The Black Book of Secrets by F.E. Higgins
My rating: 3.5 of 5 stars
This isn't horror, but has a sort of a Victorian Gothic feel. For a middle grade novel, it has kind of a dark, almost pessimistic tone. That is not to say that good has no chance of winning out in this book, but it has some unfortunately true insights on human nature that are far from uplifting. But what I did like about it was that the ability to choose for yourself the decisions you make, even though people like the main villain thrive on manipulating peoples' weaknesses. In the end, we can make the decision not to do wrong, even if it's harder on us in the end. At the same time, we see the effects of growing up in harsh circumstances, with parents who are cruel and amoral. How can you get an idea of right and wrong under those circumstances? Some might argue that you don't, but as Ludlow shows, most of us, except for true sociopaths, are born with a conscience, or what CS Lewis call natural law. Even if it was easier to do the wrong thing, Ludlow was troubled by his actions, as many are in the small township of Pagus Parvus, which makes Joe Zabbidou's work as the Secret Pawnbroker so much more important.
Atmosphere is crucial, and the author sets it very well in this novel. Although I initially wondered where the sinister and horrific elements would be revisited after the very chilling beginning, when I realized it wasn't that kind of book, I settled in and enjoyed it for what it was. A story about human nature and the good and the bad inherent in our humanity. Even with a lousy human being like Jeremiah Ratchet, it's clear that he still has the same basic needs, although his soul seems corrupted by avarice and selfishness. But does that mean someone should take away his ability to make the choice to do right? Ludlow watches this dilemma take place as the townspeople in Pagus Parvus look to Joe as the divine avenger when that is not his role at all. Instead he urges them to be patient and let justice do its work in the end. Anyone will agree that is not a comfortable process, as justice sometimes seems very slow to come in many circumstances.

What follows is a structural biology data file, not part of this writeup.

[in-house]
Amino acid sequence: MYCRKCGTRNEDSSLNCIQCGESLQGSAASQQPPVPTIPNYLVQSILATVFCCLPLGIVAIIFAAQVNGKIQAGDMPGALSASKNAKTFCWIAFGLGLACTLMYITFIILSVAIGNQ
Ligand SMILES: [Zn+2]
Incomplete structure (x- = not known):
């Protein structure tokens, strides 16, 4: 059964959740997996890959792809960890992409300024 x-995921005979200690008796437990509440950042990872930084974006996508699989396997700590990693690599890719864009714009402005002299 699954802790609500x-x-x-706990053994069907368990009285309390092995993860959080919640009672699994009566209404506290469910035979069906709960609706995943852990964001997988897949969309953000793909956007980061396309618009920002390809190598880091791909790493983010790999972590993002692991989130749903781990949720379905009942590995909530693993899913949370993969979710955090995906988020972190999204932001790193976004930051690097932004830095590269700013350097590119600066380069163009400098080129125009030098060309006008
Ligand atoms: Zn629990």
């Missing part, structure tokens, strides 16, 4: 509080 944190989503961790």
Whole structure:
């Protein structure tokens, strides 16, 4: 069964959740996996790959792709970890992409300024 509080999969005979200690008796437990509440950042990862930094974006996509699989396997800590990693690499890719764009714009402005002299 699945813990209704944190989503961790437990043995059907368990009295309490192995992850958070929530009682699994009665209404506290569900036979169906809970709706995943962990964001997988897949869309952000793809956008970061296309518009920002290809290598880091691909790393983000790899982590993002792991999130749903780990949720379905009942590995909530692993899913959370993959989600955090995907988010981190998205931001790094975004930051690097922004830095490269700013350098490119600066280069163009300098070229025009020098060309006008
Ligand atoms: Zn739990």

This is an interesting book. A quick read that keeps you thinking. I wonder how a younger reader would see it, and if the lessons inherent in this book will have the same exact impact on that reader as it has on a reader of my age, who has seen a lot more of humanity in its varied humanness. In the end, The Black Book of Secrets is a thoughtful read for younger readers, that will make an older reader have something to ponder as well.
Overall rating: 3.5/5.0 stars.
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